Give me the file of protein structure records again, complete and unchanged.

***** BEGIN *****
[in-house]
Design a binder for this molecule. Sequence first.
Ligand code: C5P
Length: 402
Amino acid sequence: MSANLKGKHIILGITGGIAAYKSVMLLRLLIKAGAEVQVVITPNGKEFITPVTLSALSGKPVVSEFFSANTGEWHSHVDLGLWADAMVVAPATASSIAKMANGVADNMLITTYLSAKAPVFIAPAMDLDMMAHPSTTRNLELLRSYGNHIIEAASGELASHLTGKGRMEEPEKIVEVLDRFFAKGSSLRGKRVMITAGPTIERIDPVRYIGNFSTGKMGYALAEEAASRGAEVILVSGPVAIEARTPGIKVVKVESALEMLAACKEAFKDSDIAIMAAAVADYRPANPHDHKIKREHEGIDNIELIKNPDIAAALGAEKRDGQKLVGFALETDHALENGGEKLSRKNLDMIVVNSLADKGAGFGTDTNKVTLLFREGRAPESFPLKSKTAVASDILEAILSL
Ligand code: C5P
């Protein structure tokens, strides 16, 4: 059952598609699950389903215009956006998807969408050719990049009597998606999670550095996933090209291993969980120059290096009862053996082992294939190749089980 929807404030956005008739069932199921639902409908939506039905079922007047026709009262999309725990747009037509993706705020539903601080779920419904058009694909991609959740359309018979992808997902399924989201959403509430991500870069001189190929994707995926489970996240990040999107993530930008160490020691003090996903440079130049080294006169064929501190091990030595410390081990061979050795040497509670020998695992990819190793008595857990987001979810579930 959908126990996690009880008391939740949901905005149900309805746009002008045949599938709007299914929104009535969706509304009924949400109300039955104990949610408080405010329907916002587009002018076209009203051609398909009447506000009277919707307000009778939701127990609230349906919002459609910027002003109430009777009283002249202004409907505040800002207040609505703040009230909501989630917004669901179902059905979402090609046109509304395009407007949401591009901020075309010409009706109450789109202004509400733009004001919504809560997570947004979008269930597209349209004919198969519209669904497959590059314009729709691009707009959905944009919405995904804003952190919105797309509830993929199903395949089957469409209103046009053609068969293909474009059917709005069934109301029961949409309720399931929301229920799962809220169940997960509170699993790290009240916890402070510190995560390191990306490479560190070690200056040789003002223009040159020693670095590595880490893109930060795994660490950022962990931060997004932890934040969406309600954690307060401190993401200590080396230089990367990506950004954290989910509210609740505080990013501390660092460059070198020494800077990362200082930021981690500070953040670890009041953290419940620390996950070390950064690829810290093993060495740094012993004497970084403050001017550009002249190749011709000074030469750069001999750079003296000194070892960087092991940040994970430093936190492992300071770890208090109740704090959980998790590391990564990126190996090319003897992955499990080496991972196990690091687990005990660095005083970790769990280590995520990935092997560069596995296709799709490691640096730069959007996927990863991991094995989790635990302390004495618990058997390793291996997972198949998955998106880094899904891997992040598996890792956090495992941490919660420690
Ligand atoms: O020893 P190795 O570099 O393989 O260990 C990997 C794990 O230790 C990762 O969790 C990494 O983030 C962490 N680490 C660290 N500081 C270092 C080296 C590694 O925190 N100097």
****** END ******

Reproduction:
[in-house]
Design a binder for this molecule. Sequence first.
Ligand code: C5P
Length: 402
Amino acid sequence: MSANLKGKHIILGITGGIAAYKSVMLLRLLIKAGAEVQVVITPNGKEFITPVTLSALSGKPVVSEFFSANTGEWHSHVDLGLWADAMVVAPATASSIAKMANGVADNMLITTYLSAKAPVFIAPAMDLDMMAHPSTTRNLELLRSYGNHIIEAASGELASHLTGKGRMEEPEKIVEVLDRFFAKGSSLRGKRVMITAGPTIERIDPVRYIGNFSTGKMGYALAEEAASRGAEVILVSGPVAIEARTPGIKVVKVESALEMLAACKEAFKDSDIAIMAAAVADYRPANPHDHKIKREHEGIDNIELIKNPDIAAALGAEKRDGQKLVGFALETDHALENGGEKLSRKNLDMIVVNSLADKGAGFGTDTNKVTLLFREGRAPESFPLKSKTAVASDILEAILSL
Ligand code: C5P
């Protein structure tokens, strides 16, 4: 059952598609699950389903215009956006998807969408050719990049009597998606999670550095996933090209291993969980120059290096009862053996082992294939190749089980 929807404030956005008739069932199921639902409908939506039905079922007047026709009262999309725990747009037509993706705020539903601080779920419904058009694909991609959740359309018979992808997902399924989201959403509430991500870069001189190929994707995926489970996240990040999107993530930008160490020691003090996903440079130049080294006169064929501190091990030595410390081990061979050795040497509670020998695992990819190793008595857990987001979810579930 959908126990996690009880008391939740949901905005149900309805746009002008045949599938709007299914929104009535969706509304009924949400109300039955104990949610408080405010329907916002587009002018076209009203051609398909009447506000009277919707307000009778939701127990609230349906919002459609910027002003109430009777009283002249202004409907505040800002207040609505703040009230909501989630917004669901179902059905979402090609046109509304395009407007949401591009901020075309010409009706109450789109202004509400733009004001919504809560997570947004979008269930597209349209004919198969519209669904497959590059314009729709691009707009959905944009919405995904804003952190919105797309509830993929199903395949089957469409209103046009053609068969293909474009059917709005069934109301029961949409309720399931929301229920799962809220169940997960509170699993790290009240916890402070510190995560390191990306490479560190070690200056040789003002223009040159020693670095590595880490893109930060795994660490950022962990931060997004932890934040969406309600954690307060401190993401200590080396230089990367990506950004954290989910509210609740505080990013501390660092460059070198020494800077990362200082930021981690500070953040670890009041953290419940620390996950070390950064690829810290093993060495740094012993004497970084403050001017550009002249190749011709000074030469750069001999750079003296000194070892960087092991940040994970430093936190492992300071770890208090109740704090959980998790590391990564990126190996090319003897992955499990080496991972196990690091687990005990660095005083970790769990280590995520990935092997560069596995296709799709490691640096730069959007996927990863991991094995989790635990302390004495618990058997390793291996997972198949998955998106880094899904891997992040598996890792956090495992941490919660420690
Ligand atoms: O020893 P190795 O570099 O393989 O260990 C990997 C794990 O230790 C990762 O969790 C990494 O983030 C962490 N680490 C660290 N500081 C270092 C080296 C590694 O925190 N100097």